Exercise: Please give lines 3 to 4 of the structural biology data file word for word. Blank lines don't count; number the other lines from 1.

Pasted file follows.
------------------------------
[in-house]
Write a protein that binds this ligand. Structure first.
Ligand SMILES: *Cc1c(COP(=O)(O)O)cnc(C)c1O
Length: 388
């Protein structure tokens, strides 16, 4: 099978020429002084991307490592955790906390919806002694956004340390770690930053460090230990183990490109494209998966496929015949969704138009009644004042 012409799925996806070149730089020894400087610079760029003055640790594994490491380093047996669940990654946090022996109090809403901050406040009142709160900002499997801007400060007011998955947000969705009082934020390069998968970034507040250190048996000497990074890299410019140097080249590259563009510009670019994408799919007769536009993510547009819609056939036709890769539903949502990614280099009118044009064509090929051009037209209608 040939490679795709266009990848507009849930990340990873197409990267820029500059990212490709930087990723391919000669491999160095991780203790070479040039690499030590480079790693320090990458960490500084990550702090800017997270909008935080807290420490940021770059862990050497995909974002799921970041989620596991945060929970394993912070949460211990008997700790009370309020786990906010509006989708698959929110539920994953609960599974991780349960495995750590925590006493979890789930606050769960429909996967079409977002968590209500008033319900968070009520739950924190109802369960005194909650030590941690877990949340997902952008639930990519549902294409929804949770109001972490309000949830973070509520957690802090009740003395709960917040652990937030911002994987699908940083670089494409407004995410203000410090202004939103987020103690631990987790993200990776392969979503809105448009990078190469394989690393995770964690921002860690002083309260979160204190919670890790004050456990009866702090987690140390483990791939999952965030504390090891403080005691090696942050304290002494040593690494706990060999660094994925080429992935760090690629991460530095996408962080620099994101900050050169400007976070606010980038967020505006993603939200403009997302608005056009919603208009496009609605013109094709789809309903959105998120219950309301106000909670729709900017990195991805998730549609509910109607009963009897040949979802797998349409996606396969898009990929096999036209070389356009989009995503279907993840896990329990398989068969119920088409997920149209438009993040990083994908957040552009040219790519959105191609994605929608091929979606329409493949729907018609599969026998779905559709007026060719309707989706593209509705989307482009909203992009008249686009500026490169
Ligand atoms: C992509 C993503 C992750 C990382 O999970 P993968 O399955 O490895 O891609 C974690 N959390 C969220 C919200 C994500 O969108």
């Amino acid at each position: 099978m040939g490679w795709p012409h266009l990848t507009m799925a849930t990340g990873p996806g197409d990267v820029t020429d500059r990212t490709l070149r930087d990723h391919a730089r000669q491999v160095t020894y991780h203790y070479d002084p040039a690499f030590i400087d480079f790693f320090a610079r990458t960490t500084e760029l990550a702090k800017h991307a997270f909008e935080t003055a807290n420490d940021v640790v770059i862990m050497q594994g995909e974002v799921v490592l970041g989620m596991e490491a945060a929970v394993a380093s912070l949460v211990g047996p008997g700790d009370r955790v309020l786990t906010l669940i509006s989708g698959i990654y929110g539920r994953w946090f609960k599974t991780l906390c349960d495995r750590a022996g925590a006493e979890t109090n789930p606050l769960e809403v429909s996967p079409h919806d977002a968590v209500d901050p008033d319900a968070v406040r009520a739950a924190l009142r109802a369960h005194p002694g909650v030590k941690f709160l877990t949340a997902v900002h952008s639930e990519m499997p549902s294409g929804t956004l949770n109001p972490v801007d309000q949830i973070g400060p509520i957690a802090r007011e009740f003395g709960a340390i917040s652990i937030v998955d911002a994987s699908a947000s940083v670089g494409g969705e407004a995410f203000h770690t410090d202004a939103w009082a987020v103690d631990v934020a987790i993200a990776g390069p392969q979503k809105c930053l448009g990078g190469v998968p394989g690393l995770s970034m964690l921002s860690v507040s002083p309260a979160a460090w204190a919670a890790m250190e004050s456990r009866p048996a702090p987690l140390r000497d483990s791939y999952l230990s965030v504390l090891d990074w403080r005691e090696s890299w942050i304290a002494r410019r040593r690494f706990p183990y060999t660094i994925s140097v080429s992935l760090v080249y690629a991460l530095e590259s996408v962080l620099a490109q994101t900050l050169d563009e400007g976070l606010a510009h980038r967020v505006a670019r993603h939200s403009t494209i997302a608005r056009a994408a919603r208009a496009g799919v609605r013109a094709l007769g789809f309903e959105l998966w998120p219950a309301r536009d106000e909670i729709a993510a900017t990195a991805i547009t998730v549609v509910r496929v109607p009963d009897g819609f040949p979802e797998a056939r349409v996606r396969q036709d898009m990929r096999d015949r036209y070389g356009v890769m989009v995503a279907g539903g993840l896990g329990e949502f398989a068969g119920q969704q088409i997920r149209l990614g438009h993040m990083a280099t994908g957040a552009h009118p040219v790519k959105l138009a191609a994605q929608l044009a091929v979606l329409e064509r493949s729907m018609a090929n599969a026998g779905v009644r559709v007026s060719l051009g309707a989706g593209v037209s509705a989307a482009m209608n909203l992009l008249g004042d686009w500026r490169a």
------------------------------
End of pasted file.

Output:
Ligand SMILES: *Cc1c(COP(=O)(O)O)cnc(C)c1O
Length: 388